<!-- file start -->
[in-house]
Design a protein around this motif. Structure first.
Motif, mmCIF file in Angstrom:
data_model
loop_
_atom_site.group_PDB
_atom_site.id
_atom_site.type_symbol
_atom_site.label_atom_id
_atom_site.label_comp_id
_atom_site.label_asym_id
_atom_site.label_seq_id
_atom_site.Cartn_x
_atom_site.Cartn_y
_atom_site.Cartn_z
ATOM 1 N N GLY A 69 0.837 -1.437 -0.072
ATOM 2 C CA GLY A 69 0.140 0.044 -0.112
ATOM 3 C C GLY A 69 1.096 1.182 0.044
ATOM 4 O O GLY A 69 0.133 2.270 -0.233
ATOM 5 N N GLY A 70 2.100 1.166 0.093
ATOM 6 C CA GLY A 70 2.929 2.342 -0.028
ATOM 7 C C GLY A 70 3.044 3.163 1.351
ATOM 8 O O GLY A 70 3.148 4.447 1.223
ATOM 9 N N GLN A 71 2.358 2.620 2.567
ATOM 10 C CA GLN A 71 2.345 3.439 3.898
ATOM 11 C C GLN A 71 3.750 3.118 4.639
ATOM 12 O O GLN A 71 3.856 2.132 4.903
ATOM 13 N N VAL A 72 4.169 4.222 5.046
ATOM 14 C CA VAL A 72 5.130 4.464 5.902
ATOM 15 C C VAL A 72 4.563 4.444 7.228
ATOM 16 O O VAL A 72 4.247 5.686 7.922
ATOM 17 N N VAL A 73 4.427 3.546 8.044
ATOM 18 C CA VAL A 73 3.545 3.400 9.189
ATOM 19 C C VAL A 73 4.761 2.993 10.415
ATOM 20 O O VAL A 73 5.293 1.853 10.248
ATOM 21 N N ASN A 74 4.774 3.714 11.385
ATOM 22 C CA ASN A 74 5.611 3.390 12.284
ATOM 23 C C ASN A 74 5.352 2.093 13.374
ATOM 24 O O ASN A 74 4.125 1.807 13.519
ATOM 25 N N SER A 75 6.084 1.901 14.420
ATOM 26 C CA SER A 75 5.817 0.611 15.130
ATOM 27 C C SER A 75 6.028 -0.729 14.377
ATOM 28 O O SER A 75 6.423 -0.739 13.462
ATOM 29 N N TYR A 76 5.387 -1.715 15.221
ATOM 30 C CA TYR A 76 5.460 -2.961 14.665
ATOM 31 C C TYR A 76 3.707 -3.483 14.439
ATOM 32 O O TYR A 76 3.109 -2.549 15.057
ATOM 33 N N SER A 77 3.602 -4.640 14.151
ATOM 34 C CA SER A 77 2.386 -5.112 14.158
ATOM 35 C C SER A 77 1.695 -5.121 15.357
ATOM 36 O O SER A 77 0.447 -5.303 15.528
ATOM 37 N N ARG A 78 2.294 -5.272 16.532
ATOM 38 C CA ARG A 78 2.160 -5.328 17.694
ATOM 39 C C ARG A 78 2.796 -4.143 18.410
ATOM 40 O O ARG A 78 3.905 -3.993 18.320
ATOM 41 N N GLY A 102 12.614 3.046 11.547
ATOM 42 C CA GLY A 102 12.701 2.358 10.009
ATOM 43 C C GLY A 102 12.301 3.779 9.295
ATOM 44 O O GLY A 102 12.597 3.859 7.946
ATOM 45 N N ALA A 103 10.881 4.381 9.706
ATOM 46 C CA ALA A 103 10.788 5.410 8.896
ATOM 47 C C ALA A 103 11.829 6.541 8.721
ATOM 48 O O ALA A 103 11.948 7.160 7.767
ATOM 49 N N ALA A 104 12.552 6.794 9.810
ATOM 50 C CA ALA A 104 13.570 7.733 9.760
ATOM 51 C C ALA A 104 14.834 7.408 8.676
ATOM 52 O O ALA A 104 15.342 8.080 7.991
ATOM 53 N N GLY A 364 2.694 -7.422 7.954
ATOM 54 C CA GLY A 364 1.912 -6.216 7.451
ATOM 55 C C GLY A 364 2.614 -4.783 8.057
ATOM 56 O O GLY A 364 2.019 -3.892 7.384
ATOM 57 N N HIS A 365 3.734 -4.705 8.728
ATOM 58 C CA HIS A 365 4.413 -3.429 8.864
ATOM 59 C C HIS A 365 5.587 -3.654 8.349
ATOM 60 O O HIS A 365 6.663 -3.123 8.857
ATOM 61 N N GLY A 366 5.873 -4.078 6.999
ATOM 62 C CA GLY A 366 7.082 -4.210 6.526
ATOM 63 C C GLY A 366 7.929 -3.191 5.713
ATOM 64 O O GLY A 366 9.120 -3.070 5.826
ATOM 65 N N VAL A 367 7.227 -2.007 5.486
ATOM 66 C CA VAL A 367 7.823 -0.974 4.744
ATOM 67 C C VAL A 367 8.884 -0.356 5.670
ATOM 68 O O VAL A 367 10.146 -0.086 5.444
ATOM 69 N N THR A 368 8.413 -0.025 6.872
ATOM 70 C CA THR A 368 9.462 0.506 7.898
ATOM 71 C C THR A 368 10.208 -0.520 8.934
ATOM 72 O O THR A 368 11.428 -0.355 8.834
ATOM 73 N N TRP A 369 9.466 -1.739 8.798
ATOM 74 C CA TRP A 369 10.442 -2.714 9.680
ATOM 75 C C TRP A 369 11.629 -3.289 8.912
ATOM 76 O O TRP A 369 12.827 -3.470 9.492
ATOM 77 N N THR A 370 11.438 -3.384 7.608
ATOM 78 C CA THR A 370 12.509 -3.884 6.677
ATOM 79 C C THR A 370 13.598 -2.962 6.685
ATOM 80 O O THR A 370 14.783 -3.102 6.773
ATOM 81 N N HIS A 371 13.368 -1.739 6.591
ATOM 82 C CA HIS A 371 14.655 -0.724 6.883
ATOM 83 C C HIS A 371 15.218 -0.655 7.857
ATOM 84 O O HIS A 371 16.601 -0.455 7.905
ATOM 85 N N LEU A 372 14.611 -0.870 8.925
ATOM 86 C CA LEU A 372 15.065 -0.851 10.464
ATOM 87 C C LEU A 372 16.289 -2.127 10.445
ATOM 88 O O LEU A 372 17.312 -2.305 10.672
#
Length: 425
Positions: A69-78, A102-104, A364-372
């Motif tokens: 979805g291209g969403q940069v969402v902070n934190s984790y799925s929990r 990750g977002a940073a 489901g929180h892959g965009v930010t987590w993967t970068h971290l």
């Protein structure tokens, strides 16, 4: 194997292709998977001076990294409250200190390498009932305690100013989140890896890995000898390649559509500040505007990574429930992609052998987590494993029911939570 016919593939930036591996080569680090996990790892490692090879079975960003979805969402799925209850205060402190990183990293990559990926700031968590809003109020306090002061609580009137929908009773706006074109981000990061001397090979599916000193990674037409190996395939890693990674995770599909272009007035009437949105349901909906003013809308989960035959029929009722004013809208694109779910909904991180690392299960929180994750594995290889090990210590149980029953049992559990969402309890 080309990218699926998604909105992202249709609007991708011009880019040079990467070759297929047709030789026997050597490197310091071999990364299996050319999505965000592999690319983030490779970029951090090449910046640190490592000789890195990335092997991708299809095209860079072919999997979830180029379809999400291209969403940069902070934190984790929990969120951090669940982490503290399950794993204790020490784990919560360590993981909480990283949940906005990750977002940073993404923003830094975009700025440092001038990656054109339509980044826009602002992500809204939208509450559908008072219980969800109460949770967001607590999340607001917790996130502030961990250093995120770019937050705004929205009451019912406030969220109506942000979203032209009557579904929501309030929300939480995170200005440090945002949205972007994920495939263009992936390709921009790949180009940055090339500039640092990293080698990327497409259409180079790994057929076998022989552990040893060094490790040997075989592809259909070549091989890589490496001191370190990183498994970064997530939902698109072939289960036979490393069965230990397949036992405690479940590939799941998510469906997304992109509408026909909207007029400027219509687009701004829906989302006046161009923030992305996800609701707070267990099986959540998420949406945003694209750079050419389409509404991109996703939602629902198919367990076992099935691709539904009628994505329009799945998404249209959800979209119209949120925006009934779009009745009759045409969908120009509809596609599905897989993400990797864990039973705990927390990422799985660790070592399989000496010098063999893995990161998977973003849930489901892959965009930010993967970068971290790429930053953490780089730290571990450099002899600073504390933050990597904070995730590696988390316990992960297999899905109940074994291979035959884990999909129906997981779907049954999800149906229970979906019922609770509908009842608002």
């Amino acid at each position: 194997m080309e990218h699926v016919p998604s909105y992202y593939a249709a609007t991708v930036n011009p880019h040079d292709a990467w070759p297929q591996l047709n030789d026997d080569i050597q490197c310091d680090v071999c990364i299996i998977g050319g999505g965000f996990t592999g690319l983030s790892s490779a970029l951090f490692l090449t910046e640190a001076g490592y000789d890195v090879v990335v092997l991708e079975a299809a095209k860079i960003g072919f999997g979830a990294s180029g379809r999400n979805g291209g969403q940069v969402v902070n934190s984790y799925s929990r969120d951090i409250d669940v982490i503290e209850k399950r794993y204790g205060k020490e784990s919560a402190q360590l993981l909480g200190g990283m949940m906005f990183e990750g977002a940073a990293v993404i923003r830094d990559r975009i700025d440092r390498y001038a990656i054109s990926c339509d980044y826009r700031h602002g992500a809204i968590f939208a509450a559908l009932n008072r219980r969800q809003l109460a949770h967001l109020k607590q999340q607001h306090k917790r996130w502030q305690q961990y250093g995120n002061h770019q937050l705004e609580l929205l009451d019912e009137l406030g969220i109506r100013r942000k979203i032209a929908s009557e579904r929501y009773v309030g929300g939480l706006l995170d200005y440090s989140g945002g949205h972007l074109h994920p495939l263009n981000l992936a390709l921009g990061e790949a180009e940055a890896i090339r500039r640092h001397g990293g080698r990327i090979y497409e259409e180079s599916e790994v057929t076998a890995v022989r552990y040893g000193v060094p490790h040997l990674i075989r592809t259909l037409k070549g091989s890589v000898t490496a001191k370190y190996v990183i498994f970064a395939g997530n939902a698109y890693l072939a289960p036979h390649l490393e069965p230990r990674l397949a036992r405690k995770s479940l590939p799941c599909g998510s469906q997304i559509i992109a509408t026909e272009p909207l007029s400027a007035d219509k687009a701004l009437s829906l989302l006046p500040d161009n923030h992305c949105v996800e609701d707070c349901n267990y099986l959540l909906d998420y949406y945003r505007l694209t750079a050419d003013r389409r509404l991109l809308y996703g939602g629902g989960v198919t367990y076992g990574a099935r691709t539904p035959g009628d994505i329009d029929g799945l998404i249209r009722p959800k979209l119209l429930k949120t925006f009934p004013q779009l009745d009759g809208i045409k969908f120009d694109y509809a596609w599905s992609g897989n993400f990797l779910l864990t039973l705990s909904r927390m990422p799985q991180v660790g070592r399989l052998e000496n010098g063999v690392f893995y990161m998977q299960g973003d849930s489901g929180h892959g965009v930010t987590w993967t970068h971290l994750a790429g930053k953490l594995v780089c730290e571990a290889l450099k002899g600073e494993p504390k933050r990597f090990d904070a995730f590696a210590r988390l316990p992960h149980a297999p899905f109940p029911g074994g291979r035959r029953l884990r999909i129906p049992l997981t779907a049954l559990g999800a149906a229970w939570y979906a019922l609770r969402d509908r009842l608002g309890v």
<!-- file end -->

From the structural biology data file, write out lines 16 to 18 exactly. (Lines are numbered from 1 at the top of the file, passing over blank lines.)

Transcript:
ATOM 1 N N GLY A 69 0.837 -1.437 -0.072
ATOM 2 C CA GLY A 69 0.140 0.044 -0.112
ATOM 3 C C GLY A 69 1.096 1.182 0.044